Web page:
Medical Negligence News

Widower Awarded Compensation after Wife Dies due to Delayed Surgery

Posted on: July 29th, 2014 by Medical Negligence

Dublin’s High Court have awarded a man a €165,000 settlement of compensation after his wife died wrongfully due to a delayed surgery.

Helen Marlow was admitted to St Luke’s General Hospital, Kilkenny, on the 20th December 2005 as she was suffering from intense cramps and pains in her abdomen. Ms Marlow was diagnosed with an inflammation of her bowel, and she was put on a course of antibiotics to treat the condition.

However, a few days into the treatment, Ms Marlow was still not improving. An ultrasound scan was carried out to investigate the condition, and it was uncovered that her condition was more serious than previously thought and that surgery was required. However, the first scheduled surgery was cancelled as there was no intensive care facility available to Ms Marlow after it was carried out, and Ms Marlow had to wait until the 8th of January to eventually have the procedure.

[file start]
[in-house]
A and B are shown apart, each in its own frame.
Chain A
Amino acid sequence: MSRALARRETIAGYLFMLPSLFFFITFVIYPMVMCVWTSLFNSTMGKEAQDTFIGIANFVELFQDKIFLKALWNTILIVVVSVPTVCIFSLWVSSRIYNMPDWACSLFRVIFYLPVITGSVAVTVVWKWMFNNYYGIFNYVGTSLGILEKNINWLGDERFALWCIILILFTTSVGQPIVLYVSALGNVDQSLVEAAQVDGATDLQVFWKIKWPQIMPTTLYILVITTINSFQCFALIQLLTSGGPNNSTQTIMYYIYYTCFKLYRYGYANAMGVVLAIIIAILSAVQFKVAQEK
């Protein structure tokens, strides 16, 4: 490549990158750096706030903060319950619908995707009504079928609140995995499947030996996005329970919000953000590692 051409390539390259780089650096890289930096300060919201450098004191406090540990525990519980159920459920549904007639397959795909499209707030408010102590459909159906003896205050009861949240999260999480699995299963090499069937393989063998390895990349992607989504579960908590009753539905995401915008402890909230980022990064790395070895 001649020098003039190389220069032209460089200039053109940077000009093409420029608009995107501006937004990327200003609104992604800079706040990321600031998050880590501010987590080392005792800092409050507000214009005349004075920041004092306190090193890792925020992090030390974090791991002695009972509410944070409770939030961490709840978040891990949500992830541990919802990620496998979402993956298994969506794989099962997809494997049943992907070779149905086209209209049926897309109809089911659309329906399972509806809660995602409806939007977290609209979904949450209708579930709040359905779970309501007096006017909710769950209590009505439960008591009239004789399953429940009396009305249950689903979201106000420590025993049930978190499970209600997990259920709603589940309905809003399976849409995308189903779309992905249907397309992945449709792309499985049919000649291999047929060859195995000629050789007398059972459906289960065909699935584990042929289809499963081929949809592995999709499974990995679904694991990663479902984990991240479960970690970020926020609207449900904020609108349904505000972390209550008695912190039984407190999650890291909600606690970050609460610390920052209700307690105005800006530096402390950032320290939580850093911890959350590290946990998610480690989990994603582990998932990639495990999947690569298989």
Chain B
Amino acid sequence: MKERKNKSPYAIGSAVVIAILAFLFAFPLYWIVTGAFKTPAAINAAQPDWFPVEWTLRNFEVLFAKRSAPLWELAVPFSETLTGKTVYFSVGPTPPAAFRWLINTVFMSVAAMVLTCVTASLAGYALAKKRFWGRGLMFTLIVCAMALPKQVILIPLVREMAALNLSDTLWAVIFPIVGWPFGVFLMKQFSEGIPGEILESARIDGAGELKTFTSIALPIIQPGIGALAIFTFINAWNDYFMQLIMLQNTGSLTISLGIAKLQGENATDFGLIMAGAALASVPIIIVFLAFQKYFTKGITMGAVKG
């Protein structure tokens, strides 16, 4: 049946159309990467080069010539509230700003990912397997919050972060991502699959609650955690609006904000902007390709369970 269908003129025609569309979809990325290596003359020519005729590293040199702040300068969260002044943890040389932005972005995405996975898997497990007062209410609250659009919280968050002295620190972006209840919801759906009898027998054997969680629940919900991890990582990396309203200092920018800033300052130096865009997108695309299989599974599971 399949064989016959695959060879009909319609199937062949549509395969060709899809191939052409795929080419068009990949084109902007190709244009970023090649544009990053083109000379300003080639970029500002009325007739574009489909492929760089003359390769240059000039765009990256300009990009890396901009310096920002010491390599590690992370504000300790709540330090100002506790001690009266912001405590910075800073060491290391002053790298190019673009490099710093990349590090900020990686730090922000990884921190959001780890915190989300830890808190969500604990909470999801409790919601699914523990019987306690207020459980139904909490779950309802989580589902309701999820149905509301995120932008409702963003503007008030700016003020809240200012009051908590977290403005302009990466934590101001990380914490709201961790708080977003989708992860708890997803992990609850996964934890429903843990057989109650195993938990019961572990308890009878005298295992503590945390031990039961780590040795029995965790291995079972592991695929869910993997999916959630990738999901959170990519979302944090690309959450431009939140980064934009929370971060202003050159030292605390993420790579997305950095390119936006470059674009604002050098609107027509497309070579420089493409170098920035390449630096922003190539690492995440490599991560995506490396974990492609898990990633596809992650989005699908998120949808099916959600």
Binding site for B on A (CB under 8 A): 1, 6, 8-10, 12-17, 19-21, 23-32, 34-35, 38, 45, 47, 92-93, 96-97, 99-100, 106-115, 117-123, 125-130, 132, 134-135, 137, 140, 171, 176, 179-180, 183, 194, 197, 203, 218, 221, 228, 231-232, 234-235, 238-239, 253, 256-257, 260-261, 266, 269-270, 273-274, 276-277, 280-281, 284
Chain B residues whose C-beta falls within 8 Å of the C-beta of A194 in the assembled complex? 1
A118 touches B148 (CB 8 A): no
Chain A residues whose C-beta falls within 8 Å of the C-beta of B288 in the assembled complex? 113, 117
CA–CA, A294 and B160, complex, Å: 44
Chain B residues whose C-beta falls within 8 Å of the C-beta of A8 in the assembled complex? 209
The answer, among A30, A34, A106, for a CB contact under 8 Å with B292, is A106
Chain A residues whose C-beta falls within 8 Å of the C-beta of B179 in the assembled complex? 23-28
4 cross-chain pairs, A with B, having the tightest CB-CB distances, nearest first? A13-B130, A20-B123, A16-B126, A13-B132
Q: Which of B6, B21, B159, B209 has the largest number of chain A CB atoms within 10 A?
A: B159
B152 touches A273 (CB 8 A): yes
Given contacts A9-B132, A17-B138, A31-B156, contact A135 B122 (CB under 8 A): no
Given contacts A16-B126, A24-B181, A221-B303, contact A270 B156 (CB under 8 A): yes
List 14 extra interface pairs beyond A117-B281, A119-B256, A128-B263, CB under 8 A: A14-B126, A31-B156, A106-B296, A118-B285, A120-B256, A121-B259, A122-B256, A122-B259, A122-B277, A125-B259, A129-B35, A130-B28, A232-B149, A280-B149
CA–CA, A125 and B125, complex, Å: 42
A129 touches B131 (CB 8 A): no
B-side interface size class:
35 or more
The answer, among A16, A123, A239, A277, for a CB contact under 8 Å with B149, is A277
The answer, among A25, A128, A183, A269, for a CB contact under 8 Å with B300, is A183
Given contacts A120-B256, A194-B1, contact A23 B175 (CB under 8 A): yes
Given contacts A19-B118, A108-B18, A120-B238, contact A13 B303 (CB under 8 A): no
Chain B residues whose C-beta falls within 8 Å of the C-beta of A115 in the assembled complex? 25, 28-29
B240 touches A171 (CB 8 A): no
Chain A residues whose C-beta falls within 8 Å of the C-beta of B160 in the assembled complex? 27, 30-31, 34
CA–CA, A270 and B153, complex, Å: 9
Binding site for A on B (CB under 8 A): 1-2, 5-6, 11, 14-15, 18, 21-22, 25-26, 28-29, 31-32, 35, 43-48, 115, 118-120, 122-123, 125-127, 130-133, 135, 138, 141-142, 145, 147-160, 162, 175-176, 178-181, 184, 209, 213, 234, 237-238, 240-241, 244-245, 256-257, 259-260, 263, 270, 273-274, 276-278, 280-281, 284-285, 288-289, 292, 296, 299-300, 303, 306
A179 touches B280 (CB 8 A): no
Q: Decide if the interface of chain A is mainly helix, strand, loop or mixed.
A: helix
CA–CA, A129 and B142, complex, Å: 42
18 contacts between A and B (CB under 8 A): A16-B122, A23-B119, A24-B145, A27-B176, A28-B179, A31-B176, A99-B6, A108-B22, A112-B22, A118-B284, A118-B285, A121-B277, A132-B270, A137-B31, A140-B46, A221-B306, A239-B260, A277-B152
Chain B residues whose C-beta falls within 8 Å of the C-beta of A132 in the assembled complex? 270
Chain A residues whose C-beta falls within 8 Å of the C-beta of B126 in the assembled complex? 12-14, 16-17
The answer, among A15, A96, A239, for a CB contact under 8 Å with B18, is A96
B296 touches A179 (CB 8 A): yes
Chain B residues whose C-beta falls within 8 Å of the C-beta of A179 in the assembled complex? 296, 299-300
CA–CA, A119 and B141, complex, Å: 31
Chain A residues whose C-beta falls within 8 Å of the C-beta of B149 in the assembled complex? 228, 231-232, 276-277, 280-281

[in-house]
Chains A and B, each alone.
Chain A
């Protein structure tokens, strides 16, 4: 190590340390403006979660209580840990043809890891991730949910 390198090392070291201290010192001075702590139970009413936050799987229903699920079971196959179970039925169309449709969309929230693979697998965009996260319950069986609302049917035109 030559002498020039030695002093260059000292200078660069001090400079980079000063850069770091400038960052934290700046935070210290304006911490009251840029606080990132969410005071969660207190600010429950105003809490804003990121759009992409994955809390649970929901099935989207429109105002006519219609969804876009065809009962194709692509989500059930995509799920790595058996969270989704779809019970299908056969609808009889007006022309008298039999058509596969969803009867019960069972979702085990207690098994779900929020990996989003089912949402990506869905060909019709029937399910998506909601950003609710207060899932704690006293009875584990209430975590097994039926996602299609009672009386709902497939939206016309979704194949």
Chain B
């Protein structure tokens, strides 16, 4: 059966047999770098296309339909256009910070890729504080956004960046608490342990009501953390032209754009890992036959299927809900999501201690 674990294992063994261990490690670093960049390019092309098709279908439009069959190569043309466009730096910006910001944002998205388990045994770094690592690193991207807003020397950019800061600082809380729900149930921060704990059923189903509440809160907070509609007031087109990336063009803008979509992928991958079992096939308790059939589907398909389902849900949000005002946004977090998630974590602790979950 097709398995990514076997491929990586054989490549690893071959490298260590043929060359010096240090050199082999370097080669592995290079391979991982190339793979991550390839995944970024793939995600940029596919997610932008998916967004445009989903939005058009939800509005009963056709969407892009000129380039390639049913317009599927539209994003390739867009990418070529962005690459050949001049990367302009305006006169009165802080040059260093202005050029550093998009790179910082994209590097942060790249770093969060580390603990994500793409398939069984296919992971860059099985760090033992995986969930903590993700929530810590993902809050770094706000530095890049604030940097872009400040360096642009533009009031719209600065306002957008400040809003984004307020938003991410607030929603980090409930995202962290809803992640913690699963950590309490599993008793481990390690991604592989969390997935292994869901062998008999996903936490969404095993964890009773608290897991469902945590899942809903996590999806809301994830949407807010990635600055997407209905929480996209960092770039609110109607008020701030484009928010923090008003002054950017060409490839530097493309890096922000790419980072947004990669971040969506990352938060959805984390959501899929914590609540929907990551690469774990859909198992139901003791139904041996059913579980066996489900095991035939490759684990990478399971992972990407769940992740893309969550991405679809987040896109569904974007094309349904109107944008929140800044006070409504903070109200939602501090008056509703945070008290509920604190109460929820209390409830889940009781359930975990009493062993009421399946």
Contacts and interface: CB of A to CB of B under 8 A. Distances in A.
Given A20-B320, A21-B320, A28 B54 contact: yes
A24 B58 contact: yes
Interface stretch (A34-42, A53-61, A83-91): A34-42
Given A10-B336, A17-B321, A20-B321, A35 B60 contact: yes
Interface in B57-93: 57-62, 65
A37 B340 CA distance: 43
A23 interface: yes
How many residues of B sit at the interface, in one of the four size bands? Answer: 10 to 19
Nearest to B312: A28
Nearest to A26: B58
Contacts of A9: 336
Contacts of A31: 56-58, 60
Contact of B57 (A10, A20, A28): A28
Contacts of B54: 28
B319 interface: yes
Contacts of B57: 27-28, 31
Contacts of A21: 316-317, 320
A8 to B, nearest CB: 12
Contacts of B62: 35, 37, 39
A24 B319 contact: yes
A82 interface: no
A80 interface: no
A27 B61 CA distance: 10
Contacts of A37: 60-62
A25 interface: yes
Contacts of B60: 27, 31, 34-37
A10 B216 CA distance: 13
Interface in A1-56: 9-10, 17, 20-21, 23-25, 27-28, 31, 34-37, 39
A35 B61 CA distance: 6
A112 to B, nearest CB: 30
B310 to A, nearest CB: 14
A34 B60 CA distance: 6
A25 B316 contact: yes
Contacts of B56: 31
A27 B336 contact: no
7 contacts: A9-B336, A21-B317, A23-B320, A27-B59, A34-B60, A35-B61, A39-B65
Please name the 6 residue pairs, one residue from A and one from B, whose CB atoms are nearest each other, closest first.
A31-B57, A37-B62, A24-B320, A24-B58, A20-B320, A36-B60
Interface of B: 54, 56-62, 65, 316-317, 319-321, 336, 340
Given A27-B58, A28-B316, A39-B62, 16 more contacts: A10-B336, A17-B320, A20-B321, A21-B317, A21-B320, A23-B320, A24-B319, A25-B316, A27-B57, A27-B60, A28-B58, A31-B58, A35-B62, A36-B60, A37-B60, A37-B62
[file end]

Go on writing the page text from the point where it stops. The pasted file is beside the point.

Four days after the operation, Ms Marlow died. Her cause of death was attributed to multiple failures of her organs because of sepsis, and an investigation into the circumstances of the death was launched. It was discovered that, had the operation been carried out sooner, it was unlikely that such a tragic outcome would have occurred.

Patrick Malone – Ms Marlow’s widower – consulted a solicitor and made a claim for compensation following a wrongful death due to delayed surgery. He lodged the claim against George Nessim, the consultant doctor at the hospital, and the Health Service Executive (HSE). He alleged that the death of his wife was easily avoided, and that it had caused great mental trauma to Ms Marlow’s six surviving children.

The Irish Medical Council found Dr Nessim guilt of four separate charges of misconduct, hough the HSE initially rejected any liability for Ms Marlow’s death. The case progressed to the courts, but before the hearing the HSE admitted liability and acknowledged that the hospital had failed in its duty of care to Ms Marlow.

The case then went to Dublin’s High Court for an assessment of damages. Mr Justice Ryan, the judge overseeing the case, commended the parties for reaching an agreement in a “difficult” case and awarded Mr Malone €165,000 in compensation for his wife’s wrongful death.